Entries will be judged by a panel of reputed scholars appointed by teorema. Their decision will be final.

Address for submissions: teorema@uniovi.es
Closing date: 1st November, 2017
www.unioviedo.es/ Teorema

CFP: Knowledge and Justification: New Perspectives (Special Issue of Synthese)

Guest Editor: Rodrigo Borges, Pontifical Catholic University of Rio Grande do Sul, PUCRS.

Special Issue Description: This special issue aims at updating the philosophical scholarship on knowledge and justification with new, cutting edge work in epistemology. Although the analysis of knowledge and justification has been an obsession of epistemologists since Plato’s Theaetetus, much progress can still be made in our understanding of how those concepts relate to other epistemological concepts (e.g., does knowing entail safety?) and to each other (e.g., does knowledge entail justification?). This special issue is searching for work featuring new perspectives on these and other issues of interest such as the regress problem, the internalism/externalism debate, Cartesian skepticism, the question of whether knowledge is a mental state different from belief, and the question of whether justification/knowledge is partially determined by pragmatic factors.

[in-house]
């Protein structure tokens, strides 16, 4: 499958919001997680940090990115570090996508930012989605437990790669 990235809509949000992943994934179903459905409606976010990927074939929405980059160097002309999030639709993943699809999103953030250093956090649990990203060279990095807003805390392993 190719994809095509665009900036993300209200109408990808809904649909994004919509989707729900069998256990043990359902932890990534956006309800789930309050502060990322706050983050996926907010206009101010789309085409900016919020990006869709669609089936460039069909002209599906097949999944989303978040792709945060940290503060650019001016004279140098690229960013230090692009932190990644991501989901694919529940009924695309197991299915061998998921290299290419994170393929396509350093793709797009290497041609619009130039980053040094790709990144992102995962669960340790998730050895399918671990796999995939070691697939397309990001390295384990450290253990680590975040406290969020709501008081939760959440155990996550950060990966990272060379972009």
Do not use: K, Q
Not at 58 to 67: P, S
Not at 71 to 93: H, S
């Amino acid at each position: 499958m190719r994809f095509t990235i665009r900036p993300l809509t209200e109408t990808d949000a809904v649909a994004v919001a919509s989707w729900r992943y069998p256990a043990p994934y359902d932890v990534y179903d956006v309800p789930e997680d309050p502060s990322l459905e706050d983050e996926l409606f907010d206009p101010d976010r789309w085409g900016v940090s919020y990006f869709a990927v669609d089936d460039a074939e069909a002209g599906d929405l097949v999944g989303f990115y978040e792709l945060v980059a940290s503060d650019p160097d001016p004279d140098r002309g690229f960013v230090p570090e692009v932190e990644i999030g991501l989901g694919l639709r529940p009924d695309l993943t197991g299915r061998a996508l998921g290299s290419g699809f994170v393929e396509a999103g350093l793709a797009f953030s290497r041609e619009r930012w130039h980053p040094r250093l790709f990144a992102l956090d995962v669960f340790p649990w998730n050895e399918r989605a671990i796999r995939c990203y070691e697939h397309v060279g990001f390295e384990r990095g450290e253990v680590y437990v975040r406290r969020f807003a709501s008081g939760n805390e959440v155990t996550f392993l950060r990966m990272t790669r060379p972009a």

Appropriate Topics for Submission include, among others:
• epistemic internalism;
• epistemic externalism;
• knowledge;
• epistemic justification;
• coherentism;
• foundationalism;
• infinitism;
• perceptual justification/knowledge;
• inferential justification/knowledge;
• epistemic norms;
• ancient skepticism;
• cartesian skepticism;
• Moore’s paradox;
• dogmatism;
• cognitive virtues/vices;
• knowledge as a mental state;
• fallibilism vs. infallibilism;
• the easy knowledge problem;
• knowledge from falsehood;
• pragmatic encroachment;
• know how;
• the epistemological role of intuitions.

For further information, please contact the guest editor: epistemen[at]gmail.com

The deadline for submissions is: September 1st, 2017.